THE BIG QUESTION
One of the biggest of the big questions of existence is, Are we alone in the universe. Science has provided no convincing evidence one way or the other. It is certainly possible that life began with a bizarre quirk of chemistry, an accident so improbable that it happened only once in the entire observable universe, and we are it. on the other hand maybe life gets going wherever there are Earth like planets. We just don’t know because we have a sample of only one. However, no known scientific principle suggests an inbuilt drive from matter to life.
No known law of physics or chemistry favours the emergence of the living state over other states. Physics and chemistry are, as far ,as we can tell, “life blind”.
Yet I don’t believe that life is a freak event. I think the universe is teeming with it. I can’t prove it; indeed, It could be that humankind will never know the answer for sure. If we find life in our solar system, it most likely got there from earth (or vice versa)in rocks kicked off planets by comet impacts. And to go beyond the solar system is the stuff of dreams. The best hope is we develop instruments sensitive enough to detect life on extra solar planets from earth orbit. But, While not impossible, this is a formidable technical challenge.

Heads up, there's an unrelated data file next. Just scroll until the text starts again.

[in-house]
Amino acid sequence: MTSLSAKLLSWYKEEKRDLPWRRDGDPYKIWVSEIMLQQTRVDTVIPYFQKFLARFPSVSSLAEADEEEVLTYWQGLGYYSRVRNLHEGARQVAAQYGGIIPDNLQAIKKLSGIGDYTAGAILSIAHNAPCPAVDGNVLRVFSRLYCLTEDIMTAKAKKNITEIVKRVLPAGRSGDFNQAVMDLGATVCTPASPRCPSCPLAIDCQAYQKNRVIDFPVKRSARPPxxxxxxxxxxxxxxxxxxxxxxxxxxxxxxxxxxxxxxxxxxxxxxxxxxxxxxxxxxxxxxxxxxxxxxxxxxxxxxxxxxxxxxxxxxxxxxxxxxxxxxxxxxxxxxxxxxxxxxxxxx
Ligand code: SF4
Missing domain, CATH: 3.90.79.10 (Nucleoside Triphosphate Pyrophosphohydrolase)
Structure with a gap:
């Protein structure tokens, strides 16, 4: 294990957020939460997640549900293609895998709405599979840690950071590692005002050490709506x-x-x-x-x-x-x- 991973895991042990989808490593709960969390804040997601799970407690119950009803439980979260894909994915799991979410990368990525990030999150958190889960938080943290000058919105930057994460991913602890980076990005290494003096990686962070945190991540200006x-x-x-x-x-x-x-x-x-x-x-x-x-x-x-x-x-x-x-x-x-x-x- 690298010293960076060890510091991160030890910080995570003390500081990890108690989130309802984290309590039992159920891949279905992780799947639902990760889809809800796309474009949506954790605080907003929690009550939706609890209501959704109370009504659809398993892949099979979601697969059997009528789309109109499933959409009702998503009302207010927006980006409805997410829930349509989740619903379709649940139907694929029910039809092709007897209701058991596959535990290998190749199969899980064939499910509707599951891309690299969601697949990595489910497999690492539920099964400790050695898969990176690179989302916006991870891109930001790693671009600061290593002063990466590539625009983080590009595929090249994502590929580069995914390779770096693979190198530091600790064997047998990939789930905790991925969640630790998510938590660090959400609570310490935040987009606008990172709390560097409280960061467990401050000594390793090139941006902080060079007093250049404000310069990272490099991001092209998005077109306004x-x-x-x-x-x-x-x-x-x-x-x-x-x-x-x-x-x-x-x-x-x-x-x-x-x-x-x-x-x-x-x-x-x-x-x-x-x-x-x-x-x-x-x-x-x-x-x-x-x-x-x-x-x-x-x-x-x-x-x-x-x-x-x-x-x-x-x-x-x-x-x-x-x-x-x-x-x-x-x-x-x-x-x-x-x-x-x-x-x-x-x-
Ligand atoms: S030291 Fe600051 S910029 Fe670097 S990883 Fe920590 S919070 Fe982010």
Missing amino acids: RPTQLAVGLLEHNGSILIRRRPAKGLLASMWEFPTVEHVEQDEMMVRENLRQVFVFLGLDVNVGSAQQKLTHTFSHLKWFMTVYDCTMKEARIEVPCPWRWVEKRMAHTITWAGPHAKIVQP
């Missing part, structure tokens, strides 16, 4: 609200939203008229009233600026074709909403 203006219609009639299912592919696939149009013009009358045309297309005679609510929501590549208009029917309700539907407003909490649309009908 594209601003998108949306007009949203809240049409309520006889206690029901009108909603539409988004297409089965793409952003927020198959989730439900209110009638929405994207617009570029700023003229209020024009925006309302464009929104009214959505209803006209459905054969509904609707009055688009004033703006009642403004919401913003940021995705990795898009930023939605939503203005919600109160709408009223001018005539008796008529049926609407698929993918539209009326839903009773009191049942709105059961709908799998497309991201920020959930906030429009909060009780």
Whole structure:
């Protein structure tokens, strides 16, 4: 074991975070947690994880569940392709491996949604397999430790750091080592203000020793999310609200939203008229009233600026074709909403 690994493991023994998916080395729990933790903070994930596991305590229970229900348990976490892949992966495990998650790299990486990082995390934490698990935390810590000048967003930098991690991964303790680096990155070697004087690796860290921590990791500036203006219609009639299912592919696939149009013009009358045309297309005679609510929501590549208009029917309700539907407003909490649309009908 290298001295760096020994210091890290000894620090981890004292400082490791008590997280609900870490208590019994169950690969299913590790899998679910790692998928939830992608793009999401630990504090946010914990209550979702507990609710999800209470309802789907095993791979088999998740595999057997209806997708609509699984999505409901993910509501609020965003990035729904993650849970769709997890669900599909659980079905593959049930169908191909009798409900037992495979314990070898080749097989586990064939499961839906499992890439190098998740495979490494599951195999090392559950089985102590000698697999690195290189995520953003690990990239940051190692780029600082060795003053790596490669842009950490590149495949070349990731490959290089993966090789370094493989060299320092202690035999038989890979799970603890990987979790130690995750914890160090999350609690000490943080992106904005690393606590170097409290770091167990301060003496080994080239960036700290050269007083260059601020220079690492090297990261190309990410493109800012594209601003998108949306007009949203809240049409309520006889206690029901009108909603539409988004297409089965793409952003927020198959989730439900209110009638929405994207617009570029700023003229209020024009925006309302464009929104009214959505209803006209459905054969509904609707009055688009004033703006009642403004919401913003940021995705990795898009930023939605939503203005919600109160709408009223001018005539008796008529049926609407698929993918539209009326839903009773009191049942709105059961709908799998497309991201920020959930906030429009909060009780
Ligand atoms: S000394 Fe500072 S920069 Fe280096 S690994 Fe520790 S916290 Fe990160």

So why do we think we are not alone, when we have evidence of life beyond earth?Not for the fallacious popular reason: “The universe is so big there must be life out there somewhere”. Simple statistics show this argument to be bogus. If life is in fact a freak chemical event, it would be so unlikely to occur that it wouldn’t happen twice among a trillion trillion trillion planetsRather, I believe we are not alone because life seems to be a fundamental, and not merely a property of nature. It is built into the great cosmic scheme at the deepest level and therefore is likely to be pervasive.
I make this sweeping claim (author) because life has produced mind, and through mind, beings who do not merely observe the universe but have come to understand it through science, mathematics and reasoning. This is hardly an significant embellishment of the cosmic drama, but a stunning unexpected bonus. Somehow life is able to link up with the basic workings of the cosmos, resonating with the hidden mathematical order that makes it tick. And that is a quirk too far for me.
Acknowledgements: PAUL C.W. DAVIESProfessor of natural philosophy University Sydney
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